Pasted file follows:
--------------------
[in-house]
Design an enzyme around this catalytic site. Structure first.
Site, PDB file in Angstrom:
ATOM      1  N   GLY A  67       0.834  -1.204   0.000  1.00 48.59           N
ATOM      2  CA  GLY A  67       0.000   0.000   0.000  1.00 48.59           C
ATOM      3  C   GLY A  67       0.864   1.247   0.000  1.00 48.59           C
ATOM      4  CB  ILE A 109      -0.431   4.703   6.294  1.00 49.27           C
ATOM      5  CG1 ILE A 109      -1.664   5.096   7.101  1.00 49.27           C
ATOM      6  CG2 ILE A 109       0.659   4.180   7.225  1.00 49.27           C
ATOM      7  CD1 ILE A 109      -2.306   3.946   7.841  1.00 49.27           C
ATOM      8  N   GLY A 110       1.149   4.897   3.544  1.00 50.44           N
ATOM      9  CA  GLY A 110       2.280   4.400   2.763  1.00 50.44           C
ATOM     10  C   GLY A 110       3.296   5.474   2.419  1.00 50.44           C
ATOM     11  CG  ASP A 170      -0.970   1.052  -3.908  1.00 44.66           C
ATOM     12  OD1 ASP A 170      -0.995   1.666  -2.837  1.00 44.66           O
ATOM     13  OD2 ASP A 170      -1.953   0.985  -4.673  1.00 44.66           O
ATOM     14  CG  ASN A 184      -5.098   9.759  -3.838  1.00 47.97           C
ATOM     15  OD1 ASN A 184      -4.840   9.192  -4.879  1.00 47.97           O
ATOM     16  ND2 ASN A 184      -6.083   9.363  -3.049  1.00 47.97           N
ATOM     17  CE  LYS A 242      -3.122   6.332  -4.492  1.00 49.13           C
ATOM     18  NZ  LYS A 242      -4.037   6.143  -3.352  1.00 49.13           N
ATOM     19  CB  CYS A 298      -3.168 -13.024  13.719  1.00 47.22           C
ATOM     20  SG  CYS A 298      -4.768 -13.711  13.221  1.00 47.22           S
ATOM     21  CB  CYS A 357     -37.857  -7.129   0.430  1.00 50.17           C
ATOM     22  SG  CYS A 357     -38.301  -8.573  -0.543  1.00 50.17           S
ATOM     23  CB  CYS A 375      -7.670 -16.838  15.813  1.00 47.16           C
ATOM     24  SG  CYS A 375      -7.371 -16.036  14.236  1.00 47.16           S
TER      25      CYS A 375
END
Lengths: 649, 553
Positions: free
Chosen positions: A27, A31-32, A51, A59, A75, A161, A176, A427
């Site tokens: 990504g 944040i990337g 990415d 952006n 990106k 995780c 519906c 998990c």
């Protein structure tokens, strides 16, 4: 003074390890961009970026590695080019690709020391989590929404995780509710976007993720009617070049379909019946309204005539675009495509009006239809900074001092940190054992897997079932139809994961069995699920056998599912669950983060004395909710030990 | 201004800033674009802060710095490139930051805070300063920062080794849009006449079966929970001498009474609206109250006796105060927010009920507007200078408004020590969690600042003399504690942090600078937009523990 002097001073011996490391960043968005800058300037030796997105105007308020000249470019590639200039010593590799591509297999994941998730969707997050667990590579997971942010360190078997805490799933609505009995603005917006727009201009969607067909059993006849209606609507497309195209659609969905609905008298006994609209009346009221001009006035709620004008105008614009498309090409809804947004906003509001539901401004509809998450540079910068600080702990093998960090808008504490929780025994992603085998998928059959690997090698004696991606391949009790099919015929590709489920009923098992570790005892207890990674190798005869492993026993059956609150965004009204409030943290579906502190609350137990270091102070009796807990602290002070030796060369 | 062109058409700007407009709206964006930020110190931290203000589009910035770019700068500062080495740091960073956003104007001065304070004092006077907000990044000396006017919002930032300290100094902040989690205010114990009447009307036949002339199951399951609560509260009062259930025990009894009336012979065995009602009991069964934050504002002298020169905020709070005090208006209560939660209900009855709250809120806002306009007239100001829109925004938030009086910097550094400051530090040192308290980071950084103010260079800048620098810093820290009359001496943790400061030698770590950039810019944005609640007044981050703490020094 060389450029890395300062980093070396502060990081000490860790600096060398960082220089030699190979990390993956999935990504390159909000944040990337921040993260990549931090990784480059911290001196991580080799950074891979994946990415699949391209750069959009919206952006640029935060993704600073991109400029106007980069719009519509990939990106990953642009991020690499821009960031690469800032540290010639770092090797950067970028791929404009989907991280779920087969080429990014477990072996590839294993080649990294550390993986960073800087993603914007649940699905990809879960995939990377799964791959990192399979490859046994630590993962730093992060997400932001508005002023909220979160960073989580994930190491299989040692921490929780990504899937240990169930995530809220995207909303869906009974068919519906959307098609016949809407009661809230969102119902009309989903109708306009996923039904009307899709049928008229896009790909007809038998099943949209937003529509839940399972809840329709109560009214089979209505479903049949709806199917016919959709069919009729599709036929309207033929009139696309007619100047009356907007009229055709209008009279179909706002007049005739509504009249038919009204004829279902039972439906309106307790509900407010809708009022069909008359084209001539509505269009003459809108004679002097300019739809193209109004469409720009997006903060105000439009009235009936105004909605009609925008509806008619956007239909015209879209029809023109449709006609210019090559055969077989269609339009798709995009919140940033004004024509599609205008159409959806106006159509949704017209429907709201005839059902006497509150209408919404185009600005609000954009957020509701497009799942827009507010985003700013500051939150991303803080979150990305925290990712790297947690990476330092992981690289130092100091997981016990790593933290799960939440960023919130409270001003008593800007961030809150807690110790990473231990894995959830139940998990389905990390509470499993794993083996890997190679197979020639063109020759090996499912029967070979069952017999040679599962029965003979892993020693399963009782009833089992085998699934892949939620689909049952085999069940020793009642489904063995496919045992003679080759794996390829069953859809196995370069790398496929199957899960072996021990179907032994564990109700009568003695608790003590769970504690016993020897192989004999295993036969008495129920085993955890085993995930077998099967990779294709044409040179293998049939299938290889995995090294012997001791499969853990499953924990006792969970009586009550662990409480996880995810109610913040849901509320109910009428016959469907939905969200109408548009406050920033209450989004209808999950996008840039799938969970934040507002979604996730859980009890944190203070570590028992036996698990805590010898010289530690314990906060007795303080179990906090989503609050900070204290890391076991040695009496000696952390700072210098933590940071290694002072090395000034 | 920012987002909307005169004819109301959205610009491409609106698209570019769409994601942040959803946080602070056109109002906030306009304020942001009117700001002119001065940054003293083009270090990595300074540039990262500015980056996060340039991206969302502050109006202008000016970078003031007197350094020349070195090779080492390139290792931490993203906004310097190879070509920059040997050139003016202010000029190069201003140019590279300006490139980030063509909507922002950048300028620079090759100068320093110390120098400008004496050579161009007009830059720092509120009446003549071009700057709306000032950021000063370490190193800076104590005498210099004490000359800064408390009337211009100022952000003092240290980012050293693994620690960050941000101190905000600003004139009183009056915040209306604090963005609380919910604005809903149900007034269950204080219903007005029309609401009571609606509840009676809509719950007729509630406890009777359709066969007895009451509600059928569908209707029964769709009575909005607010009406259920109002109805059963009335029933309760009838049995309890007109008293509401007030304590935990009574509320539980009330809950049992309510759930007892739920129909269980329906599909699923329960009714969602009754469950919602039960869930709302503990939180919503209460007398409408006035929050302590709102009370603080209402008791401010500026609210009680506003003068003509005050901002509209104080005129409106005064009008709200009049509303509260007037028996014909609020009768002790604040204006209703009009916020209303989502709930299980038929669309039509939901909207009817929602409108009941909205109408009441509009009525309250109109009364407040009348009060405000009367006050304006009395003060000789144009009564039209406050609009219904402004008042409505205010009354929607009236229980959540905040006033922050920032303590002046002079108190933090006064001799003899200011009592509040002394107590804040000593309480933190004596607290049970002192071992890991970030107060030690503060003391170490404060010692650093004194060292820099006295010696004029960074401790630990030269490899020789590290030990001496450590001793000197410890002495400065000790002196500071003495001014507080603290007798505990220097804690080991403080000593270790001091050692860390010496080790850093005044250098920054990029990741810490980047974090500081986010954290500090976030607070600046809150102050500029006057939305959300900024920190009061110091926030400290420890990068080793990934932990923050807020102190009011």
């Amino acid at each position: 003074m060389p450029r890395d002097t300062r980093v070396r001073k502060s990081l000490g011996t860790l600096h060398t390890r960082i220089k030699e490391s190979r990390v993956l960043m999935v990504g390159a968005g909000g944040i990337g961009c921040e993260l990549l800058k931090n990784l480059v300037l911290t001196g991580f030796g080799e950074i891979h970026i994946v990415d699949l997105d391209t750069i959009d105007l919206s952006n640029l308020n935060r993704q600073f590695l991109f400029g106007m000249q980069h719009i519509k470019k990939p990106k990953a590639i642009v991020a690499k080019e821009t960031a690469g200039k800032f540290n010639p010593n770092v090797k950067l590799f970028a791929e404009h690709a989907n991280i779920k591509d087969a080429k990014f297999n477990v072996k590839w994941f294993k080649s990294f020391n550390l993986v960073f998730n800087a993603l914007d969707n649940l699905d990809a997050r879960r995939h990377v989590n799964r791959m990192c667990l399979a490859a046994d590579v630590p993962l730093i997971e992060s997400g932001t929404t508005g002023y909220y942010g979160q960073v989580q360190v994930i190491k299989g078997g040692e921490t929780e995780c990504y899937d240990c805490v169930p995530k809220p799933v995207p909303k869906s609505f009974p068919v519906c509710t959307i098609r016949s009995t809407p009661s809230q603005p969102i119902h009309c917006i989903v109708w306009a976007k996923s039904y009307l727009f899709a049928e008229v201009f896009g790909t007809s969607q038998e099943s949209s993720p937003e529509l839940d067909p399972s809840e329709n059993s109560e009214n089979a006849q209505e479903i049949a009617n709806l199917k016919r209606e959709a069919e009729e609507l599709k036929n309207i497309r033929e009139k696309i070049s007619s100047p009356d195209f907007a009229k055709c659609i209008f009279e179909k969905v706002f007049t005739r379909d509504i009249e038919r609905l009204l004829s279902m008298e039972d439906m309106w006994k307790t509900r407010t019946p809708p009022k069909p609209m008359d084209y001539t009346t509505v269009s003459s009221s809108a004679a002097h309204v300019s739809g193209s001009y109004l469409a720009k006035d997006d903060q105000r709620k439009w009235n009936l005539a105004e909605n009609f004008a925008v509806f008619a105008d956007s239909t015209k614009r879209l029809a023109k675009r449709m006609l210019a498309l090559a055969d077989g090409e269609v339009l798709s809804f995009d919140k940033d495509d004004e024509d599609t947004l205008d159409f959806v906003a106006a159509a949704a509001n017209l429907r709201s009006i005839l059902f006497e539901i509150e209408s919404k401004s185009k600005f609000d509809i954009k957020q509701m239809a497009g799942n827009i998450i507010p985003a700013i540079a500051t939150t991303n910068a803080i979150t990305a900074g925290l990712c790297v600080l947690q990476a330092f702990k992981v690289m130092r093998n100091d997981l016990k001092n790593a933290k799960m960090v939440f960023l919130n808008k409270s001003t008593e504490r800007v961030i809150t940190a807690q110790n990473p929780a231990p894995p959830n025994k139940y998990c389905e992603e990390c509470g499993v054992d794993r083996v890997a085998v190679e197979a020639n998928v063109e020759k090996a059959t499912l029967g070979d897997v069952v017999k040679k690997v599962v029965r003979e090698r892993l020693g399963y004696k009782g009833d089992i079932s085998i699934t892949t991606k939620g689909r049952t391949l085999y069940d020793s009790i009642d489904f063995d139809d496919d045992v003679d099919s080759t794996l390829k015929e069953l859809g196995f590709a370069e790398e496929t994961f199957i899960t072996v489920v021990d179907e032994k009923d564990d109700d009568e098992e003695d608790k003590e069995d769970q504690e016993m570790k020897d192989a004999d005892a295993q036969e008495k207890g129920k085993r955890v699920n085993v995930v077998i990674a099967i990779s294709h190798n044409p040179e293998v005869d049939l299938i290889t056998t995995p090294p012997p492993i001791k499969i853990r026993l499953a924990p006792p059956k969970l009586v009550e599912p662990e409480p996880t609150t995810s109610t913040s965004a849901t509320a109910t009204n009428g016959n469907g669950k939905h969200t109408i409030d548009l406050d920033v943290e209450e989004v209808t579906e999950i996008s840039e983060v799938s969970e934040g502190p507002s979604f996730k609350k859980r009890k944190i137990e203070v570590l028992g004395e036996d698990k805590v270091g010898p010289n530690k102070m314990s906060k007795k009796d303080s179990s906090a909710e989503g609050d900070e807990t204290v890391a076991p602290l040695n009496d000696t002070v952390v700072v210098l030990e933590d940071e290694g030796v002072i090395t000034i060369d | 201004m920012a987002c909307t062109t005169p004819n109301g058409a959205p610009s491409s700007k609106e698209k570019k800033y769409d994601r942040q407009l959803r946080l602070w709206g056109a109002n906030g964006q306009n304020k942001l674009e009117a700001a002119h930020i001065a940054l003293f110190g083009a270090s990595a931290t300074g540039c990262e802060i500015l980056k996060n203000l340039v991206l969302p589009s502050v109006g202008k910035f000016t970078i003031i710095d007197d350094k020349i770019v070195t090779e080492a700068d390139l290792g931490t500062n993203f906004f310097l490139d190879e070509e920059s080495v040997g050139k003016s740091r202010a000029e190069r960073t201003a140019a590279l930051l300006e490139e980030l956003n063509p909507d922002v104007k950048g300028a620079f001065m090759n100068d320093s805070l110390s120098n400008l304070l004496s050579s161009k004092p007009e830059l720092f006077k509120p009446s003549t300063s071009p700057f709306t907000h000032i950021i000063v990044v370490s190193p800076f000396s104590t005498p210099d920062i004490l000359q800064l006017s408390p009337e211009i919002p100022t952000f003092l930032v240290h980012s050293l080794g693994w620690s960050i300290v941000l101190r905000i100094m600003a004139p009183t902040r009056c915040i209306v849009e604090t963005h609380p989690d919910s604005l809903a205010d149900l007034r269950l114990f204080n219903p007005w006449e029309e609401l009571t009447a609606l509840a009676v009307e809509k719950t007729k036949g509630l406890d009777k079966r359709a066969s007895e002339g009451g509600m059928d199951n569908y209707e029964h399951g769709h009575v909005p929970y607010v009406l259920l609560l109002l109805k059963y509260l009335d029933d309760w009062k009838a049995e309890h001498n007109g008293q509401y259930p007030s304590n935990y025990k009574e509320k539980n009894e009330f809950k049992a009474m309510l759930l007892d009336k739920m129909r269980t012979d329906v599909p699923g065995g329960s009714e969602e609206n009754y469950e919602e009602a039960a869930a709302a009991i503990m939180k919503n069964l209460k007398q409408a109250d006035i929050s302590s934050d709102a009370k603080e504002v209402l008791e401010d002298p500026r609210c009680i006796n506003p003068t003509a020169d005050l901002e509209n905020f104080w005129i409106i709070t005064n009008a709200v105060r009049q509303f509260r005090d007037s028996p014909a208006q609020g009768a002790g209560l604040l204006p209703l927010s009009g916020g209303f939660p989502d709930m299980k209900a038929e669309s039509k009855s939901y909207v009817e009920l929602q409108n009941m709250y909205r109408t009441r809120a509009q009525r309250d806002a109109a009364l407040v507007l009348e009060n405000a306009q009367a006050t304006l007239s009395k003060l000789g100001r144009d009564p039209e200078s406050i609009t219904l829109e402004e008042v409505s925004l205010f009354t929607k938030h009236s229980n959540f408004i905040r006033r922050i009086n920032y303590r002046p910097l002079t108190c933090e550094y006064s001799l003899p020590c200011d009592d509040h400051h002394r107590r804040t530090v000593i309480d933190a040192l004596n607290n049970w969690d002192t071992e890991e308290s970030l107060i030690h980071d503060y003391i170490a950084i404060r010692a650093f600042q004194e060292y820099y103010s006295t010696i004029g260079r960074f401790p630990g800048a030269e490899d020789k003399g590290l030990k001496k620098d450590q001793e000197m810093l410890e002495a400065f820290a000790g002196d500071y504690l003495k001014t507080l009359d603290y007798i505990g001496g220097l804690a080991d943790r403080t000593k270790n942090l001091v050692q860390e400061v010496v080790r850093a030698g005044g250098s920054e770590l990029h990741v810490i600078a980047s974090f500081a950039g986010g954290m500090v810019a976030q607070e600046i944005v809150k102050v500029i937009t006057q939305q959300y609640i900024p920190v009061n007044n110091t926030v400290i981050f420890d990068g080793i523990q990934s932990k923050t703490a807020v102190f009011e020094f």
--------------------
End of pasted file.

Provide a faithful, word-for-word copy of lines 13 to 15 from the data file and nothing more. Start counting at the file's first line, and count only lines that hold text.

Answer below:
ATOM     10  C   GLY A 110       3.296   5.474   2.419  1.00 50.44           C
ATOM     11  CG  ASP A 170      -0.970   1.052  -3.908  1.00 44.66           C
ATOM     12  OD1 ASP A 170      -0.995   1.666  -2.837  1.00 44.66           O